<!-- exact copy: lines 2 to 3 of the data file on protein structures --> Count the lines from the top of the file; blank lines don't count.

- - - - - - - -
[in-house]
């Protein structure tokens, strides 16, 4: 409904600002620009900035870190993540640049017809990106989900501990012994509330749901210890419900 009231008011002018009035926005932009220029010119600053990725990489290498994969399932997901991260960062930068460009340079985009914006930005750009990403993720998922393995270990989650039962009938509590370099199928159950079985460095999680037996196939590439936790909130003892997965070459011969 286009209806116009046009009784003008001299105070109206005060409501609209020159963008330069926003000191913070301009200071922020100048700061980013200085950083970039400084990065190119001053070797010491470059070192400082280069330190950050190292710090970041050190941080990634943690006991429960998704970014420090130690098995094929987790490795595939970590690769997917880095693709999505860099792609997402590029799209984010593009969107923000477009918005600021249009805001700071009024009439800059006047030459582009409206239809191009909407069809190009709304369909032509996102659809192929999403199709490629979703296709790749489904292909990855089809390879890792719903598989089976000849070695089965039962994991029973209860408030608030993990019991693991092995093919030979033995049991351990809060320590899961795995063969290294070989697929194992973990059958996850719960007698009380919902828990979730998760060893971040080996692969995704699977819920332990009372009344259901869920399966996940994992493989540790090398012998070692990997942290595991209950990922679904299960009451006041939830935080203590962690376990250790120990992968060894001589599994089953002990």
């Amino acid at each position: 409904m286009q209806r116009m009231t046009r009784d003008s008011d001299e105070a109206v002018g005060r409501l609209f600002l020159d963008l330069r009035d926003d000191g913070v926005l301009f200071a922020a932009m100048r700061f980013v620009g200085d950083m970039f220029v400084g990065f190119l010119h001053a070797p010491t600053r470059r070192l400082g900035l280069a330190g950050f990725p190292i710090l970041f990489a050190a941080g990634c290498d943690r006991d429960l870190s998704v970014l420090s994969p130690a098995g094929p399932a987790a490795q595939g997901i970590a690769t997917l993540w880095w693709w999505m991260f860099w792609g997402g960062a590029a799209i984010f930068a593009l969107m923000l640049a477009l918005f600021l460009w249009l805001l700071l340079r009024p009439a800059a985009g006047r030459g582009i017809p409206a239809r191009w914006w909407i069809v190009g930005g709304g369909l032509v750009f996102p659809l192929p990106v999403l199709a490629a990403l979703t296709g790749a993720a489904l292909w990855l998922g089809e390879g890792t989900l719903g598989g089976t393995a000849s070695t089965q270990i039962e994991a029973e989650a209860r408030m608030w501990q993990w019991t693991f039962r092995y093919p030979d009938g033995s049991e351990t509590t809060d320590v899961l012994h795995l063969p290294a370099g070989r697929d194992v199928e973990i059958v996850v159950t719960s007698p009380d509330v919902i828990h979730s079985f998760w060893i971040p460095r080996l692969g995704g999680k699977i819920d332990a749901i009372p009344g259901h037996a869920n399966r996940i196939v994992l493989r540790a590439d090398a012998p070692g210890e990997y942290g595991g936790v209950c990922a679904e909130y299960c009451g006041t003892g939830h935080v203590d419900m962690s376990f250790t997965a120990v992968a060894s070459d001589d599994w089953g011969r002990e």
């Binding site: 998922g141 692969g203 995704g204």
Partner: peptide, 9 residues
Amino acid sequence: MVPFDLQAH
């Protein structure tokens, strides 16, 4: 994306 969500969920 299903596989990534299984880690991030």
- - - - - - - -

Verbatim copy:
């Protein structure tokens, strides 16, 4: 409904600002620009900035870190993540640049017809990106989900501990012994509330749901210890419900 009231008011002018009035926005932009220029010119600053990725990489290498994969399932997901991260960062930068460009340079985009914006930005750009990403993720998922393995270990989650039962009938509590370099199928159950079985460095999680037996196939590439936790909130003892997965070459011969 286009209806116009046009009784003008001299105070109206005060409501609209020159963008330069926003000191913070301009200071922020100048700061980013200085950083970039400084990065190119001053070797010491470059070192400082280069330190950050190292710090970041050190941080990634943690006991429960998704970014420090130690098995094929987790490795595939970590690769997917880095693709999505860099792609997402590029799209984010593009969107923000477009918005600021249009805001700071009024009439800059006047030459582009409206239809191009909407069809190009709304369909032509996102659809192929999403199709490629979703296709790749489904292909990855089809390879890792719903598989089976000849070695089965039962994991029973209860408030608030993990019991693991092995093919030979033995049991351990809060320590899961795995063969290294070989697929194992973990059958996850719960007698009380919902828990979730998760060893971040080996692969995704699977819920332990009372009344259901869920399966996940994992493989540790090398012998070692990997942290595991209950990922679904299960009451006041939830935080203590962690376990250790120990992968060894001589599994089953002990």
């Amino acid at each position: 409904m286009q209806r116009m009231t046009r009784d003008s008011d001299e105070a109206v002018g005060r409501l609209f600002l020159d963008l330069r009035d926003d000191g913070v926005l301009f200071a922020a932009m100048r700061f980013v620009g200085d950083m970039f220029v400084g990065f190119l010119h001053a070797p010491t600053r470059r070192l400082g900035l280069a330190g950050f990725p190292i710090l970041f990489a050190a941080g990634c290498d943690r006991d429960l870190s998704v970014l420090s994969p130690a098995g094929p399932a987790a490795q595939g997901i970590a690769t997917l993540w880095w693709w999505m991260f860099w792609g997402g960062a590029a799209i984010f930068a593009l969107m923000l640049a477009l918005f600021l460009w249009l805001l700071l340079r009024p009439a800059a985009g006047r030459g582009i017809p409206a239809r191009w914006w909407i069809v190009g930005g709304g369909l032509v750009f996102p659809l192929p990106v999403l199709a490629a990403l979703t296709g790749a993720a489904l292909w990855l998922g089809e390879g890792t989900l719903g598989g089976t393995a000849s070695t089965q270990i039962e994991a029973e989650a209860r408030m608030w501990q993990w019991t693991f039962r092995y093919p030979d009938g033995s049991e351990t509590t809060d320590v899961l012994h795995l063969p290294a370099g070989r697929d194992v199928e973990i059958v996850v159950t719960s007698p009380d509330v919902i828990h979730s079985f998760w060893i971040p460095r080996l692969g995704g999680k699977i819920d332990a749901i009372p009344g259901h037996a869920n399966r996940i196939v994992l493989r540790a590439d090398a012998p070692g210890e990997y942290g595991g936790v209950c990922a679904e909130y299960c009451g006041t003892g939830h935080v203590d419900m962690s376990f250790t997965a120990v992968a060894s070459d001589d599994w089953g011969r002990e």